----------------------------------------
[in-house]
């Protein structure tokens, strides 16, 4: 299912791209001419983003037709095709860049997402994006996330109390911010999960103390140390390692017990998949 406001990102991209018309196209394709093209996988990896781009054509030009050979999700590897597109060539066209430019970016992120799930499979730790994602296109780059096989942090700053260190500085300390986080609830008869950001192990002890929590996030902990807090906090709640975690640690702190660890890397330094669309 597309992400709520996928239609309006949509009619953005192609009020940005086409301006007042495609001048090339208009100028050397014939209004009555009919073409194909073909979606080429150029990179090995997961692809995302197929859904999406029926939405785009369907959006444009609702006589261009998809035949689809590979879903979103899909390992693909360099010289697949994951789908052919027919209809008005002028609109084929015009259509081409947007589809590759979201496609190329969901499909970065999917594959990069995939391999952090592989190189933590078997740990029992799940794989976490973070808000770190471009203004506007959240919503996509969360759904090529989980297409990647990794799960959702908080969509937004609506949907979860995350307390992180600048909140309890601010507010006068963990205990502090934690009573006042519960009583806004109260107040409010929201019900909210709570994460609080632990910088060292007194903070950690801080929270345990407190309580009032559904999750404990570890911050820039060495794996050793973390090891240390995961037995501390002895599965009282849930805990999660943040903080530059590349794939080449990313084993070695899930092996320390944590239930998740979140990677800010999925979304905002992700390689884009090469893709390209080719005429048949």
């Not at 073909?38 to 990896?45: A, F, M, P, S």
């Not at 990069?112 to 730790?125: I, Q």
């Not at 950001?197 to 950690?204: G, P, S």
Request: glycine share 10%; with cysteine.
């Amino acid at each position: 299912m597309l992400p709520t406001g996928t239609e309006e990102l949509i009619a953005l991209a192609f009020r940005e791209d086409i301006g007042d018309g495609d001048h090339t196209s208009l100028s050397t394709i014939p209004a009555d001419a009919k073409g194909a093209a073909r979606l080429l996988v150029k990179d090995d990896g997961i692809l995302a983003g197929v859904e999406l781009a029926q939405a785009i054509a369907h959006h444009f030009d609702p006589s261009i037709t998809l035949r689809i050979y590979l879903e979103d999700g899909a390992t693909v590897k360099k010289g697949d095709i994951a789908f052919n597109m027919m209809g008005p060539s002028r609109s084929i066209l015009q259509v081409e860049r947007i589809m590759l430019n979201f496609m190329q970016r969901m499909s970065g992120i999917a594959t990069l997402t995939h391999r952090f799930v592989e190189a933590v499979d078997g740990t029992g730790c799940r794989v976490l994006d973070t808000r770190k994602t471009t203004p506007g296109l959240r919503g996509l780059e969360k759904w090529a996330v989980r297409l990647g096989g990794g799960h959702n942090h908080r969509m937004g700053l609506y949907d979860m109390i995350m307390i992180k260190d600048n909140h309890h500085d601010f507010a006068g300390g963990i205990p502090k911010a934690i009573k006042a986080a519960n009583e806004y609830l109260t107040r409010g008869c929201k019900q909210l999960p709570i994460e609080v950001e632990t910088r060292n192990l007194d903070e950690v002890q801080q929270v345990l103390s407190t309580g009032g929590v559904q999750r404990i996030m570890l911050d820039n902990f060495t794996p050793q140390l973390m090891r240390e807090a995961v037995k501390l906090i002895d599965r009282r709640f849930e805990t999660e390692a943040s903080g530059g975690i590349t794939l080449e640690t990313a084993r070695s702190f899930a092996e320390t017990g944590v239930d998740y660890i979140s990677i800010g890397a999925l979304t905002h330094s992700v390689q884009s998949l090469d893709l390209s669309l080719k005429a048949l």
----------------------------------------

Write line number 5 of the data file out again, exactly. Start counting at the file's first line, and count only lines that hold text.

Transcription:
């Not at 950001?197 to 950690?204: G, P, S």